In addition to the state provision at the community and primary-care levels, many nongovernmental organizations and private-sector organizations are involved in providing elderly-care services. This points to a clear need for systematic monitoring and evaluation of existing and new services. In the future, periodic reviews will be necessary to map the provision of care and to develop an evidence base on best practice, to ensure a sustainable health-care programme.
Reorientation of tertiary care: the importance of a multidisciplinary approach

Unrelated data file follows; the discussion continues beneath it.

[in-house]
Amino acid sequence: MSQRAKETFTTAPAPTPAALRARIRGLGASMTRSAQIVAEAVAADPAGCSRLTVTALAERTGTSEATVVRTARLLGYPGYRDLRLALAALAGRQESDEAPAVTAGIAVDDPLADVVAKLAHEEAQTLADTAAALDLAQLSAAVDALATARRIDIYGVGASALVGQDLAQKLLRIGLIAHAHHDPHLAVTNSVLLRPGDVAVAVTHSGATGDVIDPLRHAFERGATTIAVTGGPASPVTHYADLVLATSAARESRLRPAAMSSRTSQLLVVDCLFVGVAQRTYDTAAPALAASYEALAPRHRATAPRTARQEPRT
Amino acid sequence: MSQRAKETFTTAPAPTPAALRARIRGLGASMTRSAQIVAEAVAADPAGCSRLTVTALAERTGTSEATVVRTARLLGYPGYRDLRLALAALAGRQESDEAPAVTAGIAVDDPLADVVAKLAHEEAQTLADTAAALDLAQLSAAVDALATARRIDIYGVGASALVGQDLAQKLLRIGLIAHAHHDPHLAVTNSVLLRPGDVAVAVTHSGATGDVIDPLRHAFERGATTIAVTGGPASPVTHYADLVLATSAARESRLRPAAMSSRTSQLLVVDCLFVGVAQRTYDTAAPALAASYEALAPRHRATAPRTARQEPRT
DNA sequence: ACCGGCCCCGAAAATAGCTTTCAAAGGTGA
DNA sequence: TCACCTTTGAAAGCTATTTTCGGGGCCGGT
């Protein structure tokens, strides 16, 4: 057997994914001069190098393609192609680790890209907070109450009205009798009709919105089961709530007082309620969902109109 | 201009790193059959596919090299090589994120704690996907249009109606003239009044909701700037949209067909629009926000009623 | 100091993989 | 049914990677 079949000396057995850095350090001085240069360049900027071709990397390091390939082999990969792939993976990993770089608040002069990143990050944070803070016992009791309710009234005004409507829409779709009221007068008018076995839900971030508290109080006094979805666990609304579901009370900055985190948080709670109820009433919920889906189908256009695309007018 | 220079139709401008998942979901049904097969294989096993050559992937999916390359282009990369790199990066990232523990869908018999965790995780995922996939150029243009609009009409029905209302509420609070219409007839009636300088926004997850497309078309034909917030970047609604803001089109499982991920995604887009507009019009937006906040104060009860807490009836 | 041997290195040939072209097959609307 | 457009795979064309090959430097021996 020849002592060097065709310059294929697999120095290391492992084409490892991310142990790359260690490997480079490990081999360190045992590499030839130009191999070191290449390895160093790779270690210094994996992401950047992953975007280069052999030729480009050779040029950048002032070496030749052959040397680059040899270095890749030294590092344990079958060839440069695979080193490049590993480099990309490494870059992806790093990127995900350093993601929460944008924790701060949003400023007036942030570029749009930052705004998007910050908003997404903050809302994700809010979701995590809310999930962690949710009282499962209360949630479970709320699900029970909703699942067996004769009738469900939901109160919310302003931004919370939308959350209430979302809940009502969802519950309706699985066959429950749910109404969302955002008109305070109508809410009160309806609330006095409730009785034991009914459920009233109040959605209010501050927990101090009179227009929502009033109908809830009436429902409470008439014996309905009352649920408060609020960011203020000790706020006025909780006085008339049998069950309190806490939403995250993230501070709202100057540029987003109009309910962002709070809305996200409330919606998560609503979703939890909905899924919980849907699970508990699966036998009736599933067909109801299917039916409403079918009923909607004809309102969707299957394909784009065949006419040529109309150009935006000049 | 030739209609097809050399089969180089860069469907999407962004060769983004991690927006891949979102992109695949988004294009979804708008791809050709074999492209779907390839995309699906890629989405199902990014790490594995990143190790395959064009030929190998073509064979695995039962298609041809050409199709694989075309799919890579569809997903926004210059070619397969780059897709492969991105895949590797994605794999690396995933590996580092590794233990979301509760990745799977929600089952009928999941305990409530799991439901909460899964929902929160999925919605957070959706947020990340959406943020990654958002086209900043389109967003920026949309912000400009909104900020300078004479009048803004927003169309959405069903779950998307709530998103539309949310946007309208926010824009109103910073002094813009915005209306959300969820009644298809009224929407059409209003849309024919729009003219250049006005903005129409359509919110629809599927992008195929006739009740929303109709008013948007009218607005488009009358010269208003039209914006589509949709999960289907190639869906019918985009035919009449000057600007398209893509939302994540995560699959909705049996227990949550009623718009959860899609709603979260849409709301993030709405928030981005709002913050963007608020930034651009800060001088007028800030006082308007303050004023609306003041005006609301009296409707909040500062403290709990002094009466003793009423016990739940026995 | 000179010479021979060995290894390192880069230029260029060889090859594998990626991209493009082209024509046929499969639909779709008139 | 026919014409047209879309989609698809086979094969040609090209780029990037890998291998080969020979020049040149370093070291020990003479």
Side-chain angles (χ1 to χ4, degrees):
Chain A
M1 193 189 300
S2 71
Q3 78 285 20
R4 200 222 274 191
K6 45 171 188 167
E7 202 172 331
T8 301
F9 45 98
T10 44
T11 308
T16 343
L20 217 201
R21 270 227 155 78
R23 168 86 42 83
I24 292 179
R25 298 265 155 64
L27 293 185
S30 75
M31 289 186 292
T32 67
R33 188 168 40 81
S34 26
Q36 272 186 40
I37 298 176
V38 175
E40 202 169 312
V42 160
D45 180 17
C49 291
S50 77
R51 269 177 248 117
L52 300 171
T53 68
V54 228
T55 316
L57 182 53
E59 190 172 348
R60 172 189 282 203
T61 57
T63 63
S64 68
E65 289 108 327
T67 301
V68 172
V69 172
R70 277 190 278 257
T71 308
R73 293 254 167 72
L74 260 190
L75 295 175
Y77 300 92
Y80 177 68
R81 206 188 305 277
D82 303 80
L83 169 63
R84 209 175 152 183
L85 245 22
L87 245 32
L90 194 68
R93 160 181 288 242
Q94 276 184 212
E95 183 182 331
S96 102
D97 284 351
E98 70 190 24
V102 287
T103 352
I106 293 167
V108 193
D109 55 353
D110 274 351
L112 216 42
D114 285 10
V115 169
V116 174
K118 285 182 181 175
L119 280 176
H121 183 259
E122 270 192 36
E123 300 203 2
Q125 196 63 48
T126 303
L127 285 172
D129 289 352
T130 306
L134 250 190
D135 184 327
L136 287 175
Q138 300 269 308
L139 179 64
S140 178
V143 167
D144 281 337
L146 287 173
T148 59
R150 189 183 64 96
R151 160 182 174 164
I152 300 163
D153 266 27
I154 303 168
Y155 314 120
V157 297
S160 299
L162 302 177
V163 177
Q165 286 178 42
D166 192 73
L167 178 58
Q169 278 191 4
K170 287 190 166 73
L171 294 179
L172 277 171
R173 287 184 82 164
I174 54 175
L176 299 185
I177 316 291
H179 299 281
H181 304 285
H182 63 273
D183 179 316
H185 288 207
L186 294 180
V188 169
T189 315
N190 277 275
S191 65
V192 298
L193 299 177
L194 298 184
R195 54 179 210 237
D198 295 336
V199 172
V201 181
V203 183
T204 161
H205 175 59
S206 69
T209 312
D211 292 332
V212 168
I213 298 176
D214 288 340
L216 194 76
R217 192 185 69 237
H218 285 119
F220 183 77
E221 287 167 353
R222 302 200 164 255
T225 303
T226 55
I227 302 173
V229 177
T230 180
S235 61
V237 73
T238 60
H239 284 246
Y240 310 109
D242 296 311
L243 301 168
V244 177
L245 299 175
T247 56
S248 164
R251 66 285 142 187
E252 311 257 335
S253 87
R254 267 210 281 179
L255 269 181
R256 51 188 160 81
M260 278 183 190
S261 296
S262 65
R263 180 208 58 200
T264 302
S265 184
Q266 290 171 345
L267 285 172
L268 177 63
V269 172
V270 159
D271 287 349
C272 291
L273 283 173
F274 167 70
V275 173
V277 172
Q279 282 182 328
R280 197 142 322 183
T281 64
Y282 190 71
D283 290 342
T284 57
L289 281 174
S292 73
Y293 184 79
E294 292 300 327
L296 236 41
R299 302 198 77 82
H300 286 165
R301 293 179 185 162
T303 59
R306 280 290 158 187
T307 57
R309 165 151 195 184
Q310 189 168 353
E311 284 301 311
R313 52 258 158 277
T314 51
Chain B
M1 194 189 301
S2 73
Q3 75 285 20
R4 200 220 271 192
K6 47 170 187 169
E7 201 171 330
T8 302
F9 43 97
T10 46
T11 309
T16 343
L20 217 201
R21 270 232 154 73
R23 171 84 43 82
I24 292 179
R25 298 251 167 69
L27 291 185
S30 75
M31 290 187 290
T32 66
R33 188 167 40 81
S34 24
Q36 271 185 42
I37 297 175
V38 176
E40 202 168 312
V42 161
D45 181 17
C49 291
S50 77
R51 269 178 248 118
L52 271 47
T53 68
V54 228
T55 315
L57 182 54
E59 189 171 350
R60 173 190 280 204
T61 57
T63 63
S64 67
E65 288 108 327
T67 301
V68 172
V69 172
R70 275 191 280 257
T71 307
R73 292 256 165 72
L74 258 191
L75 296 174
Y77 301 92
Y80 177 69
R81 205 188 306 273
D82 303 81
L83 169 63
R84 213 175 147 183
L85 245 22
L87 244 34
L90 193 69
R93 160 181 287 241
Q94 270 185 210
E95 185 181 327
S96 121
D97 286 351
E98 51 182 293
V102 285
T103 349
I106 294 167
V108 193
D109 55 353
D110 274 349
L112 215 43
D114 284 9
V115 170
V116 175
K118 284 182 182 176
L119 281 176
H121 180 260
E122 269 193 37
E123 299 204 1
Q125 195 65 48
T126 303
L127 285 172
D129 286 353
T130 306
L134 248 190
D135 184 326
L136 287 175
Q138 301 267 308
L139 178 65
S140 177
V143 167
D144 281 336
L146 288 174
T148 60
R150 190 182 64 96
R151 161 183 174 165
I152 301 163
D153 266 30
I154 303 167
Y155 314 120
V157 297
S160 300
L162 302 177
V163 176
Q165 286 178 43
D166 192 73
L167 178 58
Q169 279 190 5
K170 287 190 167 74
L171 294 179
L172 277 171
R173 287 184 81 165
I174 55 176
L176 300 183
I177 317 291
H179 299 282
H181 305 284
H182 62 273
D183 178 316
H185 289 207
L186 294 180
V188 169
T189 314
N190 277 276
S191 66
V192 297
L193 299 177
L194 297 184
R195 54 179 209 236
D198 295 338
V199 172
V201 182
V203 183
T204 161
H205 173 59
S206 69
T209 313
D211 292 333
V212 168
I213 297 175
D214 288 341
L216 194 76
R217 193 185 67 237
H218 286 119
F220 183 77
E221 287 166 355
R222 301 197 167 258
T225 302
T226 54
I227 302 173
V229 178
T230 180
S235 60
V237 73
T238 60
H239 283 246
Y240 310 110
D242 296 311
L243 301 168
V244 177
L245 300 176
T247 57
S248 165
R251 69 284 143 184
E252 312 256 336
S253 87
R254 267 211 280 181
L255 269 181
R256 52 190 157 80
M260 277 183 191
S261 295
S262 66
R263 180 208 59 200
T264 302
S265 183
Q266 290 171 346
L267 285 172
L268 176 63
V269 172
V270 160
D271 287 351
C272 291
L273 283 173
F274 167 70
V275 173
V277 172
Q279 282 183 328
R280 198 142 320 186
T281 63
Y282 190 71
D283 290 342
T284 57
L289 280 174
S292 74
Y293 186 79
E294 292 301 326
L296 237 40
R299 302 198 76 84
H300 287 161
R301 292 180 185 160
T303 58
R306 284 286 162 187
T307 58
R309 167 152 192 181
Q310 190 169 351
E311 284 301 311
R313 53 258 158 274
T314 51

Elderly patients in Sri Lanka are currently treated by general physicians in general medical wards. It has proved difficult to build dedicated elderly-care units with specialist staff, owing to financial constraints, although further development of such services is planned. Such elderly-care units require both specialist multidisciplinary staff and assistive infrastructure such as ramps and accessible toilets, for which it has been difficult to obtain funding. In busy general medical wards, there is a rapid turnover of patients and a high demand for beds. Rehabilitation of elderly patients after acute illnesses is difficult in these wards, since staff lack the time to engage with elderly patients and work with them to improve mobility. Since regular wards also lack links with social services, the community-liaison aspect of rehabilitation that is essential in elderly care is lacking. Multidisciplinary teams for this purpose are currently only available in stroke units and some orthopaedic wards. Reorientation of tertiary care to the increasing number of elderly patients should include the provision of dedicated beds for the elderly in each general medical ward, plus development of multidisciplinary teams trained in elderly care to work in general medical wards.